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Parade for generations

Nicole Frey

VAIL Mother and son Kari and Corbin Shriner snagged one of the few shady spots along Vails Fourth of July parade route to take in the sights yesterday. They stayed cool while most other spectators sweated it out under the sun to view the passing floats and attractions. Early in his adolescent years, Corbin Shriner unabashedly danced along to the music that passed his vantage point contestants belted it out on the Vail Idol float a play on the popular reality television show American Idol uniformed high school band members played their instruments with rapt concentration and quirkier acts banged on big empty plastic containers to make their own special brand of crowd-pleasing sounds. For Kari Corbin, coming to Vail for the Fourth of July festivities every year is a given.Weve been coming for 18 years, said the Cheyenne, Wyo., native. My husband proposed here during a Fourth of July weekend, so we cant not come.Like in years past, the Vail Valleys Independence Day festivities have drawn crowds from all over the country to celebrate. The parking garages in Vail filled up by 9 a.m. for the 10 a.m. parade, said Vail Police Department Sgt. Chris Botkins. Parked cars lined the frontage roads and filled every available nook and cranny in numbers rivaling an impressive powder day in the winter. The Weed family arrived in Vail from Cincinnati to perpetuate a tradition spanning three generations. Ive been coming since I was a little girl, and its my favorite time to be here, she said. I lived in Nebraska at that time, and we always enjoyed what we did as children when wed come here. Its something we wanted to pass on to our children, and when they have children of their own, theyll come too.While parents reminisced, their children were more interested in comparing the candy they had collected from passing floats. The only one benefiting from the parade are the local dentists, one elderly man joked as he watched the tots shove handfuls of Tootsie Rolls and bubble gum into their mouths.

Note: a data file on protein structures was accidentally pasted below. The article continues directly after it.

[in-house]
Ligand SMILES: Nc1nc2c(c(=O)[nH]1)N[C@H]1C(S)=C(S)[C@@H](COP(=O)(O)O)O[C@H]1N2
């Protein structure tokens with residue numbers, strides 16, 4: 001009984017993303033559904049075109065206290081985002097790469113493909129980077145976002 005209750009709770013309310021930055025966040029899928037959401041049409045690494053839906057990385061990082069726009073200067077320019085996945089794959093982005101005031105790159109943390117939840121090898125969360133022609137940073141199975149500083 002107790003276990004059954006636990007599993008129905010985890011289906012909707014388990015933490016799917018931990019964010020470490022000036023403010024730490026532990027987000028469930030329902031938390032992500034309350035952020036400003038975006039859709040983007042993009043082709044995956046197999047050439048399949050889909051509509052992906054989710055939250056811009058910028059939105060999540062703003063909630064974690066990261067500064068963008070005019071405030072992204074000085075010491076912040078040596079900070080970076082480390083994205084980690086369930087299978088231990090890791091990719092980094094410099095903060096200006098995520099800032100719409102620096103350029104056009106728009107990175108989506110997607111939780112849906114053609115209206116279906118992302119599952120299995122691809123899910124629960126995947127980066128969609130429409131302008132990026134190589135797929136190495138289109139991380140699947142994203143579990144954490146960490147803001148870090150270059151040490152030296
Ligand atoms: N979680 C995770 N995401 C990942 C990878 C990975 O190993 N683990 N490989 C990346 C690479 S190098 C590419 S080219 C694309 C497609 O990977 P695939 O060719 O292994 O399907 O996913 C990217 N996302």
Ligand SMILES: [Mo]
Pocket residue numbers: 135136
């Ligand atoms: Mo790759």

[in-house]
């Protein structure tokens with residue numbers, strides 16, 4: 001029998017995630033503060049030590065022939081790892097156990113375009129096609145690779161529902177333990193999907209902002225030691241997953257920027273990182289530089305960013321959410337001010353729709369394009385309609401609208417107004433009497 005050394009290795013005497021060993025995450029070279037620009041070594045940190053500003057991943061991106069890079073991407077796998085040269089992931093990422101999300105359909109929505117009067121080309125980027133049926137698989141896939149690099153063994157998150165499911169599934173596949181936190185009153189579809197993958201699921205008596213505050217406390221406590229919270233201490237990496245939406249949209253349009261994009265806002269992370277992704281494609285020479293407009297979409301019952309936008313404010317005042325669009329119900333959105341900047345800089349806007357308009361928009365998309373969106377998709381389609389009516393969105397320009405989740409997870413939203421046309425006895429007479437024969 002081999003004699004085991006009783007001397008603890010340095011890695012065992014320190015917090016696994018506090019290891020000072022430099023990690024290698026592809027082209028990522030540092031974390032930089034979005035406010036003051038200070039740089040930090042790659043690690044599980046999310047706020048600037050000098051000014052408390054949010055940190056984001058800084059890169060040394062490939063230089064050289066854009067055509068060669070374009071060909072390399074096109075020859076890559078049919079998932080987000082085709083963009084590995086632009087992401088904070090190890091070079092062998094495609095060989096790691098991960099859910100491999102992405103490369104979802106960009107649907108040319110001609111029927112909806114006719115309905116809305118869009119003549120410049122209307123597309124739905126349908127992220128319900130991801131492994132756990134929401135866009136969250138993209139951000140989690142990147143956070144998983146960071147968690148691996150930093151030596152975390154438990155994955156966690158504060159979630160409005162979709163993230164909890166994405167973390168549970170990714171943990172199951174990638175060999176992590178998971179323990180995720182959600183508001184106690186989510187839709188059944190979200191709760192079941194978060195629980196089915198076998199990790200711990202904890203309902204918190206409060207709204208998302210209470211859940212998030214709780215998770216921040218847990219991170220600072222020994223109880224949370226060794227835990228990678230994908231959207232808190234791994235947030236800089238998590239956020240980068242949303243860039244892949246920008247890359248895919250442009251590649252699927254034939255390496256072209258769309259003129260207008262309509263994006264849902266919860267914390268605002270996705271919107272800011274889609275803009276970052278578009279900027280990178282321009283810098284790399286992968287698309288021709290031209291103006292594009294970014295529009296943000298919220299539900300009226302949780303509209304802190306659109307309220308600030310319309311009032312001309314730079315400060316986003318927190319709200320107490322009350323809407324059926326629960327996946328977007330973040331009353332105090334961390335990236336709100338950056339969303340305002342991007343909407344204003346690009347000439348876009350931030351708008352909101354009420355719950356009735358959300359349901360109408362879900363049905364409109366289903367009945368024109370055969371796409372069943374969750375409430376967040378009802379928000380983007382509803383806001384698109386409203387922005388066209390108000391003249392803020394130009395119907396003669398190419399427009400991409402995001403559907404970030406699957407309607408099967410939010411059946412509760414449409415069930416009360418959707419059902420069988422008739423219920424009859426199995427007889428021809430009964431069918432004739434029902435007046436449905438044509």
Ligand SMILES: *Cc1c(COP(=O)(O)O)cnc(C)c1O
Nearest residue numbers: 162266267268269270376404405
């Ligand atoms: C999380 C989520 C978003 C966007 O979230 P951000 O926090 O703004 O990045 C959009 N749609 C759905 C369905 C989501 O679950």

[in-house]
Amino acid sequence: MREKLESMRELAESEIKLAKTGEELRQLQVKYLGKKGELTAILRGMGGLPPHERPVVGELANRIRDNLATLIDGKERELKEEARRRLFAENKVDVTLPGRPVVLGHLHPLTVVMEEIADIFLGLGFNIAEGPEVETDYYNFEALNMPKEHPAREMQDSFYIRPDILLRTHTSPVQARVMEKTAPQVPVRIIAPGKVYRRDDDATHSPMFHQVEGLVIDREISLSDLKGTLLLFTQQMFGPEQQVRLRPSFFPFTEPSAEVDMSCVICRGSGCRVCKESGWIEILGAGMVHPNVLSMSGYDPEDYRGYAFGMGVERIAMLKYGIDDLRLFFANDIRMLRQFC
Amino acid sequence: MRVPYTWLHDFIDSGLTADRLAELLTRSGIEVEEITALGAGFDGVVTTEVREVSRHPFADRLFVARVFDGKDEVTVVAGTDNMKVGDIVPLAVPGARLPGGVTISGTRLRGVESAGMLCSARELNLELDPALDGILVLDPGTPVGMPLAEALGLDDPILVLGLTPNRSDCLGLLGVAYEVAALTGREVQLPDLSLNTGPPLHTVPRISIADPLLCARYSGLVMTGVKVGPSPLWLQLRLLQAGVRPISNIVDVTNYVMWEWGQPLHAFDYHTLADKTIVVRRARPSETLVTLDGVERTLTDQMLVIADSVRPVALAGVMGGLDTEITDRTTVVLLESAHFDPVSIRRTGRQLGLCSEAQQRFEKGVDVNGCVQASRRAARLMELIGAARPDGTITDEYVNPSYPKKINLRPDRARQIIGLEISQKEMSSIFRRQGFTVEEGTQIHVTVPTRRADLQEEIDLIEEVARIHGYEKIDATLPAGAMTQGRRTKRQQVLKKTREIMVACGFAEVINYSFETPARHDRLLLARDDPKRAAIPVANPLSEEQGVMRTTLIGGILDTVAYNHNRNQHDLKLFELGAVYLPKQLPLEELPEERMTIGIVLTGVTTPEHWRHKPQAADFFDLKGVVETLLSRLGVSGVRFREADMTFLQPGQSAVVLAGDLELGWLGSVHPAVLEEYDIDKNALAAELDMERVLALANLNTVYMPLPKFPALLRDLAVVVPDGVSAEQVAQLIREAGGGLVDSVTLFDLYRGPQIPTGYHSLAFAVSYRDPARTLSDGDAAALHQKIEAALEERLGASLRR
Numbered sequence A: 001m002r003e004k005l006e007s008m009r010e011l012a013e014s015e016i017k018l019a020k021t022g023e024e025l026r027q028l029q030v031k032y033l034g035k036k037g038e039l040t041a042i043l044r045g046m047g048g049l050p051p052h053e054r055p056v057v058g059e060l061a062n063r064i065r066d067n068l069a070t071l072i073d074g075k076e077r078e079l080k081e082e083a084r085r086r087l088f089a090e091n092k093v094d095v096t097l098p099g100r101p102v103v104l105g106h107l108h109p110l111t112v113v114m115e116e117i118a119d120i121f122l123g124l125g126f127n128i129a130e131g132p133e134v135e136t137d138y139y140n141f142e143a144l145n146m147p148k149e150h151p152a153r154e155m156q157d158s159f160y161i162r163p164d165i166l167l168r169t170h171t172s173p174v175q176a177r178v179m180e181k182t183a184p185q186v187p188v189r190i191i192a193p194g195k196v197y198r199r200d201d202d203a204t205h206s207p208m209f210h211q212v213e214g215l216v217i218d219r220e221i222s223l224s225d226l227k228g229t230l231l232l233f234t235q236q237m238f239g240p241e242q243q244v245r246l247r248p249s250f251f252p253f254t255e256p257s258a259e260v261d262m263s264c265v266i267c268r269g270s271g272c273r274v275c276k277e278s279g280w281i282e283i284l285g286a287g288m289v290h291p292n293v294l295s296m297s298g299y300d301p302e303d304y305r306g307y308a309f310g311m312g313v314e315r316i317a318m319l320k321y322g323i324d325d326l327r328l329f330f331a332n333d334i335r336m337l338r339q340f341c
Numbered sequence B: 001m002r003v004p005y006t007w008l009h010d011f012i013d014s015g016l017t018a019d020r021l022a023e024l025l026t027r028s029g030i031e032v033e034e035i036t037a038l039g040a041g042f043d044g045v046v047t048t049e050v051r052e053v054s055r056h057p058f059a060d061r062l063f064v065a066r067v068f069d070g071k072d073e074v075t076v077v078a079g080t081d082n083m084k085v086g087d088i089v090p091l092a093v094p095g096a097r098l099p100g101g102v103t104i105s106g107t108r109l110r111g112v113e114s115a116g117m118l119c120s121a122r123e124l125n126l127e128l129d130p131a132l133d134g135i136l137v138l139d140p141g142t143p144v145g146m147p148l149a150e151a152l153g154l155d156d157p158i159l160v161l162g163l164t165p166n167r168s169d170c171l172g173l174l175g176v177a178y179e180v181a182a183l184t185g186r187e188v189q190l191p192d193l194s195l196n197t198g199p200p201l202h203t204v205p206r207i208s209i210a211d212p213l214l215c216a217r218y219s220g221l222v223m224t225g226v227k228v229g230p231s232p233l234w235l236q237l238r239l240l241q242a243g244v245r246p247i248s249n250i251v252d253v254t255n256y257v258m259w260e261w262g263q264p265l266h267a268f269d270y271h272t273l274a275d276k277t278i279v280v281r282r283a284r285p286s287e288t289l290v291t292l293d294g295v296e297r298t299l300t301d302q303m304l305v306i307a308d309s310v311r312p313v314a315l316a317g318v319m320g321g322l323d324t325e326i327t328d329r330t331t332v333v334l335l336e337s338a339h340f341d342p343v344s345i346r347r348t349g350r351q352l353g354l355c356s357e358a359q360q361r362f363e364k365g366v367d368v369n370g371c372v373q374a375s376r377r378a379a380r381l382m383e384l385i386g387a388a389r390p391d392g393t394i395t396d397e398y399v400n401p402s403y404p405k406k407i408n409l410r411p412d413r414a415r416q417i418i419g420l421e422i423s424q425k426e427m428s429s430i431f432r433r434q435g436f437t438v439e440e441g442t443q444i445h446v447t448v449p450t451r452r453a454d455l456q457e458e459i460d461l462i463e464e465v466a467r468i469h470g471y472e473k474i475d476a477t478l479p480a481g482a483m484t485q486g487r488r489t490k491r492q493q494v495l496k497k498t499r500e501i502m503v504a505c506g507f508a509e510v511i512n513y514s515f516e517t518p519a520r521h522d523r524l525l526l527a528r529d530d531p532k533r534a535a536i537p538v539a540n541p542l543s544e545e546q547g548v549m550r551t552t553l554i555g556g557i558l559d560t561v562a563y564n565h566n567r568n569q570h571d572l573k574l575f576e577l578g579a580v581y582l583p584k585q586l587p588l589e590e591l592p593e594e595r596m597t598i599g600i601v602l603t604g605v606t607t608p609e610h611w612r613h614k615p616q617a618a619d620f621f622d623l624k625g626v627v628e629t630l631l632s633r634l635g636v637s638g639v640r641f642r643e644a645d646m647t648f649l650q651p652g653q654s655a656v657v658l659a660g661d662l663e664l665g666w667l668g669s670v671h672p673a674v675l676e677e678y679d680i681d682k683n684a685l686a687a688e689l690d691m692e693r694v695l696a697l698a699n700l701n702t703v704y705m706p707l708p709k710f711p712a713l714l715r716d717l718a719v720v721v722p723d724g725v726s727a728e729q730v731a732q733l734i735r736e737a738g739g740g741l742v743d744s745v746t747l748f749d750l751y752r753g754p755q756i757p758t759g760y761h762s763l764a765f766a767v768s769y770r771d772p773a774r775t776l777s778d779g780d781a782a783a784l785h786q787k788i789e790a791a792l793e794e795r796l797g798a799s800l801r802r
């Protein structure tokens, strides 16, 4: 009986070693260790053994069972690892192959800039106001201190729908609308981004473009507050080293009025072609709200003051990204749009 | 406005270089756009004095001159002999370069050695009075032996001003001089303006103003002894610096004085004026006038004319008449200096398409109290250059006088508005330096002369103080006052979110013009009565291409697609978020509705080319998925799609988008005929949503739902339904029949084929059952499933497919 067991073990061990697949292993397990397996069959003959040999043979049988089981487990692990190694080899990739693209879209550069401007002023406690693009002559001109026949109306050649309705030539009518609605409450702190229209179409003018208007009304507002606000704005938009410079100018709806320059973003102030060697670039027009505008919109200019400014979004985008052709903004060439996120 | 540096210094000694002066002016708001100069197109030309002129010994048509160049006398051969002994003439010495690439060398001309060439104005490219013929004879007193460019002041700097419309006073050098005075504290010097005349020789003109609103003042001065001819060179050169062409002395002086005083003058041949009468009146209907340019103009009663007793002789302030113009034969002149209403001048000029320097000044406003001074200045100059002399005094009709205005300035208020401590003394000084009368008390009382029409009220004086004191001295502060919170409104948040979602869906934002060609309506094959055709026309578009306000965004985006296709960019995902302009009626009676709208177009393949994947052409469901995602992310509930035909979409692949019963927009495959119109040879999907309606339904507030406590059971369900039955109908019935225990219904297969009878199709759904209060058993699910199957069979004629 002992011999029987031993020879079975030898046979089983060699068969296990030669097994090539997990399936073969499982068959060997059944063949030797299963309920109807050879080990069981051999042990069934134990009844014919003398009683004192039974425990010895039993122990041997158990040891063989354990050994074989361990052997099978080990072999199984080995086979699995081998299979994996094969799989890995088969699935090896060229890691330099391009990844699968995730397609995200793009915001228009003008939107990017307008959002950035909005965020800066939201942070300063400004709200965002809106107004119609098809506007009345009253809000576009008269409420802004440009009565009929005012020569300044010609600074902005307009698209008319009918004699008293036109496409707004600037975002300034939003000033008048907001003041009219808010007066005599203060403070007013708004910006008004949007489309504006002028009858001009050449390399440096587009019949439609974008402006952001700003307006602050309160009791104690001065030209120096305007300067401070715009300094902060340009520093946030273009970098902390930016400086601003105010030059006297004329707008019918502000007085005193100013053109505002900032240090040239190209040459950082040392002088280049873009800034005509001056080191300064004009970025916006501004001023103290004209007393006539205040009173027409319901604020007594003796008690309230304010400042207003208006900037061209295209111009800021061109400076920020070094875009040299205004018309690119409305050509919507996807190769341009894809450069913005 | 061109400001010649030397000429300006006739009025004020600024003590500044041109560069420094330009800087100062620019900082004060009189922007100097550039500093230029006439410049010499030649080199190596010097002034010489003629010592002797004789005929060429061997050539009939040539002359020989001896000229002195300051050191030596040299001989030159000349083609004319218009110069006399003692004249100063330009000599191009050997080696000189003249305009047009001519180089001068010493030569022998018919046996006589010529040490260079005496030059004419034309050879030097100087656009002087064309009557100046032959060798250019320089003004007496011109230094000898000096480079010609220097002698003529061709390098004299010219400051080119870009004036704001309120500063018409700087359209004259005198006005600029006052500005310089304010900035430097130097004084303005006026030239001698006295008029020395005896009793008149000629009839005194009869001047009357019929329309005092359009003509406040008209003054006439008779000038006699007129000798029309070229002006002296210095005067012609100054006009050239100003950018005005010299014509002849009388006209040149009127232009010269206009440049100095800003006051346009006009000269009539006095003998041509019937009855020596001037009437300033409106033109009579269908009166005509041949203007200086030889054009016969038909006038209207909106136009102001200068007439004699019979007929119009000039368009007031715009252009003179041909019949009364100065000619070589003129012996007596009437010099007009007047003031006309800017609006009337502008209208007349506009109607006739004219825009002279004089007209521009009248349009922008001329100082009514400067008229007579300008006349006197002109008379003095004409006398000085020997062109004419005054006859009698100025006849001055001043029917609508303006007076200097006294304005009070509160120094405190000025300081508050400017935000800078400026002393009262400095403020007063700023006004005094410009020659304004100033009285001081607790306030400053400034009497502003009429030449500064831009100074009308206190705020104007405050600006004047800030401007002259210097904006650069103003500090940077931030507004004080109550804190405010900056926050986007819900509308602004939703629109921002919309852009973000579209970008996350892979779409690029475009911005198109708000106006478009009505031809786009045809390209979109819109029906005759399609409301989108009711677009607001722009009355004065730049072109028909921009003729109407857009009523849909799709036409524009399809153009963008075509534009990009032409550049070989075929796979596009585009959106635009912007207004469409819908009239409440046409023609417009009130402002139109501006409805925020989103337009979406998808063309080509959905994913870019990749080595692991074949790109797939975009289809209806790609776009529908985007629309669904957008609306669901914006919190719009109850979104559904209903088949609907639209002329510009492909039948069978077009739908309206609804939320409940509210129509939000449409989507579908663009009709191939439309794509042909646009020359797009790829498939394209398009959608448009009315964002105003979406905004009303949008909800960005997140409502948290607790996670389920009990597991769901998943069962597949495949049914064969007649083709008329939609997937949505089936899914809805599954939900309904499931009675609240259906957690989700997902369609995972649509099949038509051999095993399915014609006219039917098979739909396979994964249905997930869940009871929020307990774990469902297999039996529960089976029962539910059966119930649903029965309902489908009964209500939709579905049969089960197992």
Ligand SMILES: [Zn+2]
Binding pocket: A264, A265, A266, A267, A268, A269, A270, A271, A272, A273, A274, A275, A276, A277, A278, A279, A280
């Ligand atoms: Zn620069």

While sweets may not be the healthiest thing for kids, parents happily let their brood get hopped up on sugar to celebrate the special day.Im glad they throw candy, said Kari Shriner. A lot of parades dont do that anymore.But it wasnt all about the confectionary stash collected. Corbin Shriner said he loved the old cars in the parade, while his mom enjoyed the bands best. Two young women local resident Erin Olson and Stacy Wilcox of Boulder were moved by the veterans who marched and rode in the parade.It seemed really patriotic, Olson said. In addition to patriotic festivities, visitors are soaking up the Vail Valleys abundant recreational opportunities. Thirteen-year-old Emily Weed said shes particularly fond of the hiking and shopping in the area. And renting mountain bikes was the next thing on the Shriners to do list.Despite the large number of people, Botkins said everything went smoothly during the parade that would through Vail from Gold Peak to Lionshead.We usually have more incidences at night, but were not sure what will happen this is because they canceled the fireworks, he said.Nonetheless, extra police officers were in Vail Village to ensure rowdiness didnt get out of hand. Staff Writer Nicole Frey can be reached at 748-2927 or nfrey@vaildaily.com. Vail, Colorado


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